Medical Student and Faculty Perceptions of Volunteer Outpatients Versus Simulated Patients in Communication Skills Training


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Abstract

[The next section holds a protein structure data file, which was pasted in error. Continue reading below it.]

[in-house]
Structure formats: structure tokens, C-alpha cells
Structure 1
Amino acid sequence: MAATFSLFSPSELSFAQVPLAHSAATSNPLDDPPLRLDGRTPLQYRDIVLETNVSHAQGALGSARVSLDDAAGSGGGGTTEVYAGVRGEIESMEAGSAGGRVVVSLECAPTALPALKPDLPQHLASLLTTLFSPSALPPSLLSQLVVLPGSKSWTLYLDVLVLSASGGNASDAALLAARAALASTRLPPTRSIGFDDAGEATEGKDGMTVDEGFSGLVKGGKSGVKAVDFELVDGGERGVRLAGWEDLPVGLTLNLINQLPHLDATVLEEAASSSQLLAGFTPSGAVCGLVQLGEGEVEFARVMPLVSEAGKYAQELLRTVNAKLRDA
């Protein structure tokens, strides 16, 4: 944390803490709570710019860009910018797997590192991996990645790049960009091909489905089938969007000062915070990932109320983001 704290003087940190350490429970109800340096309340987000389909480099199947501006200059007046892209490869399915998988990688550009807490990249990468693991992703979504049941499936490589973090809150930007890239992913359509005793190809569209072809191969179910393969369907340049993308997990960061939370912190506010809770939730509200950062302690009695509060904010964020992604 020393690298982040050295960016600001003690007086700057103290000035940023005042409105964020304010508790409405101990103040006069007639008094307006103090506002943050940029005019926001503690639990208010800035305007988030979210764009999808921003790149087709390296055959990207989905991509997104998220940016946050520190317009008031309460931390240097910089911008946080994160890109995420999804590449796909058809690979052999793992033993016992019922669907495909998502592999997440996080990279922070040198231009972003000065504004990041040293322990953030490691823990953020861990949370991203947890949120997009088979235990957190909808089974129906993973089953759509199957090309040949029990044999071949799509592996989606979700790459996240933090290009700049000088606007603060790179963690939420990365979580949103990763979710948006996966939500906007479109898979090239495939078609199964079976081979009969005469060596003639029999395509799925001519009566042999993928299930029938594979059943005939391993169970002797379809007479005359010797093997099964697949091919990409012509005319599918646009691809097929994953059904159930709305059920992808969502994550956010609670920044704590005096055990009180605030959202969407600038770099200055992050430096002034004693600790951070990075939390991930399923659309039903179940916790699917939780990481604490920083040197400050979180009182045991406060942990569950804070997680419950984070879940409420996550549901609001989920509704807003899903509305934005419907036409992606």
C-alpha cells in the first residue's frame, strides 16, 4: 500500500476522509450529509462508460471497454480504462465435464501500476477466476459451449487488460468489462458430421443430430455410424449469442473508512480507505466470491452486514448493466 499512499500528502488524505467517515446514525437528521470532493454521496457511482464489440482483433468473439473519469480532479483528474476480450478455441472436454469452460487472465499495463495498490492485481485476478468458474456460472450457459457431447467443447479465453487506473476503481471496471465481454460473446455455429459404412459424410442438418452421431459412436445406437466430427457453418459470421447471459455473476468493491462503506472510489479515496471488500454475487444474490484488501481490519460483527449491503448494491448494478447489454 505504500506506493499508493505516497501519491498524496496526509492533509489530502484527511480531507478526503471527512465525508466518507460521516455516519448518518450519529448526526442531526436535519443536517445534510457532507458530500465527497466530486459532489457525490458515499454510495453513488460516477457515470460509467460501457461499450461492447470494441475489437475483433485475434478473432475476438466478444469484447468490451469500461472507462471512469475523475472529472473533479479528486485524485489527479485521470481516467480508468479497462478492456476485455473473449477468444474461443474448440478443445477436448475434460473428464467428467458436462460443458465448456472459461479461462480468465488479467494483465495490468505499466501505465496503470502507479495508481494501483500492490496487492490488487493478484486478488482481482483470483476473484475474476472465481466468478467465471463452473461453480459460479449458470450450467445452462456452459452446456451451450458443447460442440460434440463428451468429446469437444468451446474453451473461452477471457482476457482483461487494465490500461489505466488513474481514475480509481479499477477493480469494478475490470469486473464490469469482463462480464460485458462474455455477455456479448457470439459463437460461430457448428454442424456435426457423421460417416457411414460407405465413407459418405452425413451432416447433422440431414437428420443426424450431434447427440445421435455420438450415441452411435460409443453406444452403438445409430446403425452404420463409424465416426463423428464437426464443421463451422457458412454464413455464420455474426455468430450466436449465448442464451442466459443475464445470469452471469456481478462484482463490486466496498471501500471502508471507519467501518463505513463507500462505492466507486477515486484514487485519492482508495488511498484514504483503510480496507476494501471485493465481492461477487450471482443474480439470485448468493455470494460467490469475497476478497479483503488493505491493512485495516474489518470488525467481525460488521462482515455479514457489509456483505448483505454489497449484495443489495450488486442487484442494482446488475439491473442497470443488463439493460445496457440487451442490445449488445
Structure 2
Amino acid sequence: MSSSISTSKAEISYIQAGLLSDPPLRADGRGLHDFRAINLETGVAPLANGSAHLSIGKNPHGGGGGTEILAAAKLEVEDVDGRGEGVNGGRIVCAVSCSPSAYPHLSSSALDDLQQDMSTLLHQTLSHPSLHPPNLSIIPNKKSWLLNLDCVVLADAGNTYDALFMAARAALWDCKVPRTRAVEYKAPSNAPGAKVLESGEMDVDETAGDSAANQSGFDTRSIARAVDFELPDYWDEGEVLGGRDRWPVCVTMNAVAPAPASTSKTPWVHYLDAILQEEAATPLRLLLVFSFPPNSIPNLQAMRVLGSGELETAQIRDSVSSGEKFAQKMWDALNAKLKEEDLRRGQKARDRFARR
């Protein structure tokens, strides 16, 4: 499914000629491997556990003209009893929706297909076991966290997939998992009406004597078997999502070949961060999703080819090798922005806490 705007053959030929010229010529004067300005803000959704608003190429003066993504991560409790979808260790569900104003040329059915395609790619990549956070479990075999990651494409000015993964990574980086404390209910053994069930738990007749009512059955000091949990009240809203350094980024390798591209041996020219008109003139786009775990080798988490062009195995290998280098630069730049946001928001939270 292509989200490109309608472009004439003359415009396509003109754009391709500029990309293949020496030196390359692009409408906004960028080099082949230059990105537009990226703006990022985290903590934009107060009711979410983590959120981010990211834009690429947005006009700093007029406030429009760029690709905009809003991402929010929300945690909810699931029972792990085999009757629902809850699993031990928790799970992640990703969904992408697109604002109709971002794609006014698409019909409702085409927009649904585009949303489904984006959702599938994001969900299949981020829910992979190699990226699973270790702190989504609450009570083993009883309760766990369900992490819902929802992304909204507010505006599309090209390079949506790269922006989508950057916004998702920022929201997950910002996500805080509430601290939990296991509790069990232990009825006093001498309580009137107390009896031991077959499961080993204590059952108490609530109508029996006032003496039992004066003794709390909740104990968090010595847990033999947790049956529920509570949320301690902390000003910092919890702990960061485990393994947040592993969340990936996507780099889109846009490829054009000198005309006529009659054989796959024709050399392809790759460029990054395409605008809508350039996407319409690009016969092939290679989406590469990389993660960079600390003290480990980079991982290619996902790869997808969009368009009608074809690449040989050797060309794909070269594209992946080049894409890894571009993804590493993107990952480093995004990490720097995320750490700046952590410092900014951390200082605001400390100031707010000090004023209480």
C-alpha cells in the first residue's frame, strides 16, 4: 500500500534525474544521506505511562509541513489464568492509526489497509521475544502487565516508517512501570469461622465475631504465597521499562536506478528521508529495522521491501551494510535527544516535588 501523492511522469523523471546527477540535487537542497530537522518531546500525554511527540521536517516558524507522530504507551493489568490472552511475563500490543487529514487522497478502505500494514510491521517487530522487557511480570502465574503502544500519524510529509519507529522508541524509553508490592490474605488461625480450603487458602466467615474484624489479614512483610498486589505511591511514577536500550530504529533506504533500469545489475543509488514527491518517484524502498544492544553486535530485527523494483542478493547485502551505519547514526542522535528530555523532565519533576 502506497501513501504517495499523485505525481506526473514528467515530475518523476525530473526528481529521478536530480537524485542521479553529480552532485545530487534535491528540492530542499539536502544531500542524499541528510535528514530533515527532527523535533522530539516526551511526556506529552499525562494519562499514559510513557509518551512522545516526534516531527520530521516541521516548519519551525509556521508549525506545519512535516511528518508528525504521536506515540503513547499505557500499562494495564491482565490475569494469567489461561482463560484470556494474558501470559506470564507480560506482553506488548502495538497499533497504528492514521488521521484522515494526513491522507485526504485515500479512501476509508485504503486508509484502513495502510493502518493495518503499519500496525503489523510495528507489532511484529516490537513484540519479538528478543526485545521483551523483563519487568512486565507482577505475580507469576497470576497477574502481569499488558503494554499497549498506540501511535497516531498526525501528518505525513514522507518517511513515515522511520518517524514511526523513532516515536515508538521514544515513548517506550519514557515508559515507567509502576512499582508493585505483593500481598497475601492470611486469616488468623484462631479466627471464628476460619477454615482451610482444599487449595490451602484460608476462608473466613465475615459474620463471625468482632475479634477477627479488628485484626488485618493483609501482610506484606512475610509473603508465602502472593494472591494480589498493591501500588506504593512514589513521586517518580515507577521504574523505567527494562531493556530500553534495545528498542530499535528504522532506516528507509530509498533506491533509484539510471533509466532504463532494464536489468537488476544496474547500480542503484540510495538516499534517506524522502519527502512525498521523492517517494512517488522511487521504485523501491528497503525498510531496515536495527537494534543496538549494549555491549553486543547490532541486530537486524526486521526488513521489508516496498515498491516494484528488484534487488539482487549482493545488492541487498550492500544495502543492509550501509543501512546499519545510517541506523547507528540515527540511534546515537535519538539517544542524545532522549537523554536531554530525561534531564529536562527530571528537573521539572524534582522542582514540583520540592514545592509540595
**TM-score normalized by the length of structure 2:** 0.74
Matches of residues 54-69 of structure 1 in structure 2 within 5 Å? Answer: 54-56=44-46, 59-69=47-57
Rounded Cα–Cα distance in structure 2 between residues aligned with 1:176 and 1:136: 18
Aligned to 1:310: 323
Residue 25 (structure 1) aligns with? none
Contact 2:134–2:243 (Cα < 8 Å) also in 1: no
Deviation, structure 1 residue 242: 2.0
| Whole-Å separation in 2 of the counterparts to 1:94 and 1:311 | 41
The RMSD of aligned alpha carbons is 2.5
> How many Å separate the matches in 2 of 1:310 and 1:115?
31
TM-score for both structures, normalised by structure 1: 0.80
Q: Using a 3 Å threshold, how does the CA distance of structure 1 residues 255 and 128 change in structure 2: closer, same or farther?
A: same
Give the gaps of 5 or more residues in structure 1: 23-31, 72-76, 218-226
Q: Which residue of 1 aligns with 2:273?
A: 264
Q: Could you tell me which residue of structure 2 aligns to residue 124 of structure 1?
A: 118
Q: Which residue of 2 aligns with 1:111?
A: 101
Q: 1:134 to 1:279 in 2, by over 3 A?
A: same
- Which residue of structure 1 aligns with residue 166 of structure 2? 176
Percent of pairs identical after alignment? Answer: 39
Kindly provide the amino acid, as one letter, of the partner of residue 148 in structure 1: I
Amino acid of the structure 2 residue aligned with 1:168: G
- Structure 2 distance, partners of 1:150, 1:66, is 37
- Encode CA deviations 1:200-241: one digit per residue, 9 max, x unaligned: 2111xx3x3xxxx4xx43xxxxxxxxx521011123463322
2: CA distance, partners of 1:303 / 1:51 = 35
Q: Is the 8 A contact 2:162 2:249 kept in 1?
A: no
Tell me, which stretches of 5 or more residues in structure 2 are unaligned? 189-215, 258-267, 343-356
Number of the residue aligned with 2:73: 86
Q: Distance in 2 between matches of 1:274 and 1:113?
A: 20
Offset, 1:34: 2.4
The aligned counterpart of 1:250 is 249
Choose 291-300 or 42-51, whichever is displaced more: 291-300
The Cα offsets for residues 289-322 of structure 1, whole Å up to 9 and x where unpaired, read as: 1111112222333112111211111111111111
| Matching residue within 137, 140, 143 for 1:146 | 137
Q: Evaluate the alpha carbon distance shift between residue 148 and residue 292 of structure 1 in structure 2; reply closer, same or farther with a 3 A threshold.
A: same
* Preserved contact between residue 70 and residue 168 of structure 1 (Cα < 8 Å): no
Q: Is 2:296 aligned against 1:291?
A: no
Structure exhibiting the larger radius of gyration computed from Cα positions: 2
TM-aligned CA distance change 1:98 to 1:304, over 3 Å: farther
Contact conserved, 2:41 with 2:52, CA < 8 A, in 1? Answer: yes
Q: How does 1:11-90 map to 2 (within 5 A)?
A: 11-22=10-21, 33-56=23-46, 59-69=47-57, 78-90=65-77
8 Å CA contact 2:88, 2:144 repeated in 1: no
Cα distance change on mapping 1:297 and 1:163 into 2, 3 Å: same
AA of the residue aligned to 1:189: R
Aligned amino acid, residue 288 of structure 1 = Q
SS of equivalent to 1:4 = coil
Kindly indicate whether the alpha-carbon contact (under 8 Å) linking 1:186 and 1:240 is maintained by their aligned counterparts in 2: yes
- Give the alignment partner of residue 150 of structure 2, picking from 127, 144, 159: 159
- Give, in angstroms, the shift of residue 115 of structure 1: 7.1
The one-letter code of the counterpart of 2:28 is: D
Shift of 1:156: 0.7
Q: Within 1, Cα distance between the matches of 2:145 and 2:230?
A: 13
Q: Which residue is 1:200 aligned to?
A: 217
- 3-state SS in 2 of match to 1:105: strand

PurposeTo determine whether medical students and faculty perceive differences in the effectiveness of interactions with real patients versus simulated patients (SPs) in communication skills training.MethodIn 2008, the authors recruited volunteer outpatients (VOs) from the Johns Hopkins University School of Medicine internal medicine practice to participate in communication skills training for all first-year medical students. VOs and SPs were assigned to clinic rooms in the simulation center. Each group of five students and its preceptor rotated through randomly assigned rooms on two of four session days; on both days, each student interviewed one patient for 15 minutes, focusing on past medical and family history or social history. Patients used their own histories, not scripts; students were not blinded to patient type. Students and faculty then rated aspects of the interview experience. Generalized linear latent and mixed-models analysis was used to compare ratings of communication skills training with VOs versus SPs.ResultsAll 121 first-year students participated in 242 interviews, resulting in 237 usable questionnaires (98%). They rated their experiences with VOs significantly higher than those with SPs on comfort, friendliness, amount of learning, opportunity to build relationships, and overall meeting of communication skills training needs. The 24 faculty preceptors' ratings of the 242 interactions did not differ significantly between VOs and SPs.ConclusionsUse of VOs was well received by students and faculty for teaching communication skills. Expanding and further studying VOs' participation will allow greater understanding of their potential role in communication skills training of preclinical medical students.

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